Dissecting the Teddy Ruxpin: Reverse Engineering the Smart Bear

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Video in TIB AV-Portal: Dissecting the Teddy Ruxpin: Reverse Engineering the Smart Bear

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Dissecting the Teddy Ruxpin: Reverse Engineering the Smart Bear
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The Teddy Ruxpin is an iconic toy from the 1980's featuring an animatronic teddy bear that reads stories from cassette tapes to children. In late 2017, a new model of the toy was released with improvements including Bluetooth connectivity, LCD eyes, and a companion mobile application. While the new bear features a number of improvements, the Teddy Ruxpin's original ability to add new stories by replacing the included cassettes is no longer applicable, and it requires users to supply files to the bear in a proprietary format. This presentation aims to show how the new Teddy Ruxpin was reverse engineered down to a very low level in order to create new content. I will reveal the inner workings of the hardware and software within the bear and document the process used to reverse engineer it. I will then examine the communication between the mobile application and Teddy Ruxpin as well as the custom structure of the digital books read by the bear. I will end the presentation by releasing a toolset that allows users to create their own stories followed by a demo showcasing the Teddy Ruxpin greeting the DEF CON audience.
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let's give Xena effects a big round of applause all right hi everyone I guess we're gonna get started two minutes early which is great because I packed in a lot of content into this period so my talk is dissecting the Teddy Ruxpin reverse engineering the smart bear it's essentially my experience taking my child's toy and trying to see if it was going to cause any security nightmares for me but well we'll get into some fun things here on this presentation so a
little bit about me first of all my twitter handle is adding effects I go by seeing effects I'm a security researcher at silence I'm a founding member of a hardware hacking group called the exploit ears and I'm a contributing member to a local community that we have called Austin hackers a little bit about exploit ears we have roughly ten members give or take a few that uh don't officially associate with us but they are pretty much part of the group we have agent h h CJ cody gyne Fage maximus MBM Sarek TD wing and XO string or an ol stream and of course me so our general goal is to just hack things anything anywhere we originally started hacking Google TVs and then Google killed off the Google TV so then we just started hacking anything we could get our hands on we have a pretty decent community and we're all very helpful so check out our exploit ear site where we have like 60 plus embedded devices that have fruits and other hacks we also have an IRC network that I'll talk about at the end so a little disclaimer first of all the data within this presentation was all stuff that i reverse-engineered I didn't have official documentation or anything else so a lot of my attempts were just essentially trial and error in reversing what I could when I could I I literally have been working on this for a very long time and I you'll see why it's essentially an RTOS environment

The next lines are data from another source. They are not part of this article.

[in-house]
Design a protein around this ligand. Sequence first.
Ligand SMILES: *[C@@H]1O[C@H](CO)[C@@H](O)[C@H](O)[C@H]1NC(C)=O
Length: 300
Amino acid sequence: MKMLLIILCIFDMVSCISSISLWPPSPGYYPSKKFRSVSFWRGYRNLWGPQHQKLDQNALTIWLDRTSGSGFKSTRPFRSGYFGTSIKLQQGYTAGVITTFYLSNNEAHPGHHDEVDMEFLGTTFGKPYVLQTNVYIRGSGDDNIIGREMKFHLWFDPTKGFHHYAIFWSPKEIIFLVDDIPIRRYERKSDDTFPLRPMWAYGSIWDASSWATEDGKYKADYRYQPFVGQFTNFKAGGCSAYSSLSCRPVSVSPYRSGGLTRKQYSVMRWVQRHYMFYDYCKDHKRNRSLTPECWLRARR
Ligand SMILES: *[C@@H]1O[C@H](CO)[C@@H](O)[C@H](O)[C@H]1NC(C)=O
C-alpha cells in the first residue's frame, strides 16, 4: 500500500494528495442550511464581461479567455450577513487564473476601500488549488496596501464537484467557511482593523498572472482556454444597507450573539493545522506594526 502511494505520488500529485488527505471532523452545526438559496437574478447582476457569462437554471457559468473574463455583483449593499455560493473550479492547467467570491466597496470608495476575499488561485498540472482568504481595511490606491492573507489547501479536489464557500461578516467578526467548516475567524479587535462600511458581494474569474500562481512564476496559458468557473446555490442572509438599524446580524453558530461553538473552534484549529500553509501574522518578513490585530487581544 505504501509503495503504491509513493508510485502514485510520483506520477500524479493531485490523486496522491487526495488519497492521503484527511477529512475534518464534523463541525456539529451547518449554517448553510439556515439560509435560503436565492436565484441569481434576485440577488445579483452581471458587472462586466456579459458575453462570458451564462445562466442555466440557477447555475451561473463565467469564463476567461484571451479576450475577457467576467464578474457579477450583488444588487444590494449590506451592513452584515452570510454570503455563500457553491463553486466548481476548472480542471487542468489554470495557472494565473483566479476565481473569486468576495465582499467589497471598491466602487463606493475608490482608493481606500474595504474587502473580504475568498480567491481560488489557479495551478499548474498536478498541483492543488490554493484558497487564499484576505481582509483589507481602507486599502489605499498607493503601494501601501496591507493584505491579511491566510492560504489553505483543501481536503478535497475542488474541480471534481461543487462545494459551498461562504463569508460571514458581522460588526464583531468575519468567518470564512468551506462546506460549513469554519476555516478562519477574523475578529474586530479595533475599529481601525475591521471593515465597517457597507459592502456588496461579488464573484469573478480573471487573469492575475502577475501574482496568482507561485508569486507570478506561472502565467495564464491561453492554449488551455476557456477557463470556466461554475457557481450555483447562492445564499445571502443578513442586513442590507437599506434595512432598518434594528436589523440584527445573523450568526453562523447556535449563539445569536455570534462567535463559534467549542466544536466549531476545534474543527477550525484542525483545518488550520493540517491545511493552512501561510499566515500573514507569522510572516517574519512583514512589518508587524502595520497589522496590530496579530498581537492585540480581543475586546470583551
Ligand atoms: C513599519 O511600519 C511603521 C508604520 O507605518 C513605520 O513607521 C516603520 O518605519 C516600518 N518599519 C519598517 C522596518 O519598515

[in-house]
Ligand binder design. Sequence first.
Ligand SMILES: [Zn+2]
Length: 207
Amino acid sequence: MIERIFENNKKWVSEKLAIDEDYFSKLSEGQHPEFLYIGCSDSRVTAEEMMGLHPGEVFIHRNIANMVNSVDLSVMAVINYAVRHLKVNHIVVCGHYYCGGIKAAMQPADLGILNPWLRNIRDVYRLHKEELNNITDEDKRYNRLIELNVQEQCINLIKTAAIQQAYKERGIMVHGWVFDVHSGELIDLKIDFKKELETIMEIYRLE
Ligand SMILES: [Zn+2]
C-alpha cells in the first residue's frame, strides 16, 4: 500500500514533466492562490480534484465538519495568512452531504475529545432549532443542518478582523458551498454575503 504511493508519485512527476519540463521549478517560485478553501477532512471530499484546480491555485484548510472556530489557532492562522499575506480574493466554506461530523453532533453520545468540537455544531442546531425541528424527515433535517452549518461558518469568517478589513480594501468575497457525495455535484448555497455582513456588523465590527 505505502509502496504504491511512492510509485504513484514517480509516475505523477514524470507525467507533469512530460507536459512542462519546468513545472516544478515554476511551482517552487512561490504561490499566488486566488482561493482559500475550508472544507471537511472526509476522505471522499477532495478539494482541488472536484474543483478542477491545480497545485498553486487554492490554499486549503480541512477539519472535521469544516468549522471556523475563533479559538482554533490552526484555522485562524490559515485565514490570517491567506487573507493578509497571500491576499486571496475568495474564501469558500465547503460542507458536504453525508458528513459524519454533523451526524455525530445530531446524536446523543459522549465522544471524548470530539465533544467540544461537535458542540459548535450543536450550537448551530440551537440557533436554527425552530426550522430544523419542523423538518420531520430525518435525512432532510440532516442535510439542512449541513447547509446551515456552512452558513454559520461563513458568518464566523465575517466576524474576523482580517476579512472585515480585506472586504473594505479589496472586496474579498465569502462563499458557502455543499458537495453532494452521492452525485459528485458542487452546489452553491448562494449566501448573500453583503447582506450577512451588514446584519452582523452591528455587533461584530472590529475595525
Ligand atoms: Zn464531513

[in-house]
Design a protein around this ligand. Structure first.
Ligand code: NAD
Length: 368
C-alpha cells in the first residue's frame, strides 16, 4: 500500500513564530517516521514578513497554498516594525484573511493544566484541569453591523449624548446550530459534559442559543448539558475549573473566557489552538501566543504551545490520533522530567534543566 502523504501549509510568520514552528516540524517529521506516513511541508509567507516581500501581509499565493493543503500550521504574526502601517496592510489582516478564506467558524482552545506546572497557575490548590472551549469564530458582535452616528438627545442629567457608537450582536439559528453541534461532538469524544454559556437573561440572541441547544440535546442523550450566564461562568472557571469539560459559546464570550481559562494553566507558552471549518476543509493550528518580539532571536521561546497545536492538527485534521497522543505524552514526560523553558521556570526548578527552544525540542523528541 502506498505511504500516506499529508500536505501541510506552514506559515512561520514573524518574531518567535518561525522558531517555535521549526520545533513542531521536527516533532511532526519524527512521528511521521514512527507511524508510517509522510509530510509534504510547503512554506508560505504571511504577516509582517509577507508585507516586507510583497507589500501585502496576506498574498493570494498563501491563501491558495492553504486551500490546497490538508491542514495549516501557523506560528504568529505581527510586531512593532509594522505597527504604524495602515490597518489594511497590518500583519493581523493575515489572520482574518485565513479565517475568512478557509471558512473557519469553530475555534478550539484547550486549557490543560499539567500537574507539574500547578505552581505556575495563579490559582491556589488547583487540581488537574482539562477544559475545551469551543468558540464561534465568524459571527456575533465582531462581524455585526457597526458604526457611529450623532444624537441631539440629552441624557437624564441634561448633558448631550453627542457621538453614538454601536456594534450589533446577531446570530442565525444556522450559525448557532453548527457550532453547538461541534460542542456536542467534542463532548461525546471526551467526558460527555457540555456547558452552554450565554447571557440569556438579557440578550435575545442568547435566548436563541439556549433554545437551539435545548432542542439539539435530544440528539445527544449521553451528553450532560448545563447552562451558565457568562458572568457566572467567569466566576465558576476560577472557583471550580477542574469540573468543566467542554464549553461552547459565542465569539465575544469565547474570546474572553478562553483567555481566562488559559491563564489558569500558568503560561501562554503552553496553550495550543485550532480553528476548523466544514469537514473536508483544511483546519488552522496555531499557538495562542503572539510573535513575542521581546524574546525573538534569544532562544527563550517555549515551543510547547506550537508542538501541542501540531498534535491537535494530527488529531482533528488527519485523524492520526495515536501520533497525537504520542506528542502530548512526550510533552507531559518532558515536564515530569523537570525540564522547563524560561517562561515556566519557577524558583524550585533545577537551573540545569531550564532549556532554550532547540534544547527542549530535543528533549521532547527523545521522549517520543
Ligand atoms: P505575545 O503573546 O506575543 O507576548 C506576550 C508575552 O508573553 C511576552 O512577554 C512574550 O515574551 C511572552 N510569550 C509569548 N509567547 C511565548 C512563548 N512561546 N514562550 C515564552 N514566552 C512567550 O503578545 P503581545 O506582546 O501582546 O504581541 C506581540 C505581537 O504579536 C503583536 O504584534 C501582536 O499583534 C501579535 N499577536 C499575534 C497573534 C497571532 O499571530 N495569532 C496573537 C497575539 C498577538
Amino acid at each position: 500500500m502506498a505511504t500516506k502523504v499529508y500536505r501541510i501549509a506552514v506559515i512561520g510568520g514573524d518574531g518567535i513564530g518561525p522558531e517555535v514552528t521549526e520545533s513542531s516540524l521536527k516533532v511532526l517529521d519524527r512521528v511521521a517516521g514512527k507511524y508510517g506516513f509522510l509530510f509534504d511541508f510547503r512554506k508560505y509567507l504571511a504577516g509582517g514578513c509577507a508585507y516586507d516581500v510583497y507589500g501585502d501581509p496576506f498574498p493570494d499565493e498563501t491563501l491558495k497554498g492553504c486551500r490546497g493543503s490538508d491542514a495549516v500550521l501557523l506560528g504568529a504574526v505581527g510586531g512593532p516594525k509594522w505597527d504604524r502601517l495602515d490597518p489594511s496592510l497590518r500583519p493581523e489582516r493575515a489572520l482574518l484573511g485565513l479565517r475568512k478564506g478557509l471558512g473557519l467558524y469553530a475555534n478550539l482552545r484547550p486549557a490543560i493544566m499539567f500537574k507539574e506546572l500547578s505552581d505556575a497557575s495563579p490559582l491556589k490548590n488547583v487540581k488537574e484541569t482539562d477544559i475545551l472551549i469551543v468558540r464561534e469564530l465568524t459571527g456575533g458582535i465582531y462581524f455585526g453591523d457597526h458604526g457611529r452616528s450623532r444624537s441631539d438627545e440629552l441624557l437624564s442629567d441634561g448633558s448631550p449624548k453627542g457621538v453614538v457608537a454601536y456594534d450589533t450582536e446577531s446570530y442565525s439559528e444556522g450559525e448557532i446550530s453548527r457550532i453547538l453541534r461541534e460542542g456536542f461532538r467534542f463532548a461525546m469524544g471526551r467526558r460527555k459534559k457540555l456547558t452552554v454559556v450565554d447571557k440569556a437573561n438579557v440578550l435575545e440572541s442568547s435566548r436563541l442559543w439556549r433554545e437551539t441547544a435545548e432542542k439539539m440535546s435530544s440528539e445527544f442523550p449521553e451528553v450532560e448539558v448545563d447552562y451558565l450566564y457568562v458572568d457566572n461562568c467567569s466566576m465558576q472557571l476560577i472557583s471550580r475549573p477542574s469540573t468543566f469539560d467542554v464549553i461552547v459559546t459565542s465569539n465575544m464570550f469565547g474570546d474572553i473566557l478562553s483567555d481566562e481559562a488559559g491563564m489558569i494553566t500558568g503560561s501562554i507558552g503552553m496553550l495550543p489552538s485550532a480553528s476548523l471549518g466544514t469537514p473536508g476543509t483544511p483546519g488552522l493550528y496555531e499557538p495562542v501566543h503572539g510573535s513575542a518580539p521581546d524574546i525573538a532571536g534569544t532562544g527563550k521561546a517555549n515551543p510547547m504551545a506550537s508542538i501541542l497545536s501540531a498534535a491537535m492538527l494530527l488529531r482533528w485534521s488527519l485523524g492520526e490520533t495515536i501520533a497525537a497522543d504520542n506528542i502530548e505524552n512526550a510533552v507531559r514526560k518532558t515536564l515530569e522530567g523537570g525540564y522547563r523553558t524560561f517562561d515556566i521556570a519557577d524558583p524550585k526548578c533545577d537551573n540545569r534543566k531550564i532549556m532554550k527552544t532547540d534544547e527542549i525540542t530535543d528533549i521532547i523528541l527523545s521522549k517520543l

which can be a little more difficult because after you want to interface with the peripherals so terminology you tell yo files will will will not already know this banana Li op is a brown bear light creature with a kind disposition you might think Teddy Ruxpin a a bear but he's actually an Illya so the og Illya this was the 1980s Teddy Ruxpin I think were a lot of us are probably familiar with it used cassette tapes on on its back that you replaced and you had physical books that read along with the cassette tapes his mouth moved and his eyes opened and closed but it was a physical movement not an LCD screen like the newest revision so the new Illya the
new layout is this guy oops essentially he has animated eyes a moving mouth speaker Bluetooth Low Energy USB mass-storage that is used to be an internal micro SD card and a companion mobile app getting inside Teddy so I'm about to show you all what what what this looks like it's terrifying so a little so a little about Teddy this particular revision comes with a mask that you put on him so he doesn't scare your kids when he's off it's needed to because he it like I said it's crazy uh but let's take his jacket off and get him out of here this is essentially Teddy Ruxpin this is Teddy skin so it's it's pretty enjoyable and here's Teddy on [Music] hi my name is Teddy Ruxpin can you and I be friends no no I actually tried to wear his skin it doesn't fit on my face so inside of Teddy we have a logic board and this is the the top of the logic board it's actually stored right in his eye area here there's this propriety or this chip called the Sonics it's the song's MCU I don't remember what the physical or the the actual name of it was but uh there's a speaker driver the Bluetooth Low Energy there's an SPI flash and then there's this SD card slot that actually ends up holding the story
books that are stored on Teddy Ruxpin this is the logic boards bottom you can see there are two 128 by 128 LCDs that are used for each individual eye and then on that previous picture will go to